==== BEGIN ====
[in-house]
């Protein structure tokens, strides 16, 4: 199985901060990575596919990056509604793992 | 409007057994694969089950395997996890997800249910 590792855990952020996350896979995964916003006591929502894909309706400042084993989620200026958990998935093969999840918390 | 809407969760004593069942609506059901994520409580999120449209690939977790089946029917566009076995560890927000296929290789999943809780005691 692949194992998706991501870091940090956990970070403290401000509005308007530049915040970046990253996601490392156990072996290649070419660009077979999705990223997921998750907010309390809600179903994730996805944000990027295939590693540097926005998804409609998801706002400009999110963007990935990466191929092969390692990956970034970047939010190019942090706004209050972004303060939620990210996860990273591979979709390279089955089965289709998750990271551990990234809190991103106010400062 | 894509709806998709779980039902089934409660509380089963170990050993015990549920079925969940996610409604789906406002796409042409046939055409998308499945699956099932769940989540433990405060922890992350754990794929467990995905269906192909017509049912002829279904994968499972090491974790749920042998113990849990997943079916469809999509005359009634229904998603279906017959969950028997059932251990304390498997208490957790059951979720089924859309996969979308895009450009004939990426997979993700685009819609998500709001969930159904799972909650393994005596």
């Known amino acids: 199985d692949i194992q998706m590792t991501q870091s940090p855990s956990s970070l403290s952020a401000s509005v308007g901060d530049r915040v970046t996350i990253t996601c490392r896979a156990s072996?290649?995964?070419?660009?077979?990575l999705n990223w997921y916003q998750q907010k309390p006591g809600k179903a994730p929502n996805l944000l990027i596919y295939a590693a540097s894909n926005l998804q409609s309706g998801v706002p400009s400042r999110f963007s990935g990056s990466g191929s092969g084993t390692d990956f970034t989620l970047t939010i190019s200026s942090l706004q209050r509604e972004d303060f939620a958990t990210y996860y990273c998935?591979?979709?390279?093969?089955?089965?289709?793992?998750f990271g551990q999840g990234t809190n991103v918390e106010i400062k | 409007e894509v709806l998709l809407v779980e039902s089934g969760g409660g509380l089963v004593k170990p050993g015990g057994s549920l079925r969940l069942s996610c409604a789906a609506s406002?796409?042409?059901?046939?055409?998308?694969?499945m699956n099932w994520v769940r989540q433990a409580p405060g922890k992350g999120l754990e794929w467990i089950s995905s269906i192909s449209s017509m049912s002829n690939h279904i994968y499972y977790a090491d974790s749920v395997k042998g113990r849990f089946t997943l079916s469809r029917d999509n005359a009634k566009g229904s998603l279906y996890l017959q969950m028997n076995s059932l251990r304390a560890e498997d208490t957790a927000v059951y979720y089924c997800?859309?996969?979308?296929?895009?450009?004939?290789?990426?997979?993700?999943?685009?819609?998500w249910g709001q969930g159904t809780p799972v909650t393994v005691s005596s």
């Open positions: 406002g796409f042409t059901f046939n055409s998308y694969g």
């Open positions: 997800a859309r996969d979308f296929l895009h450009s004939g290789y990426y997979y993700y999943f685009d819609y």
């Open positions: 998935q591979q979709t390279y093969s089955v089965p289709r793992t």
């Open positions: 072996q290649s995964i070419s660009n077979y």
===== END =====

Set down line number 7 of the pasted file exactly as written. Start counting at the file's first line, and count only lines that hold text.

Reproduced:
């Open positions: 072996q290649s995964i070419s660009n077979y």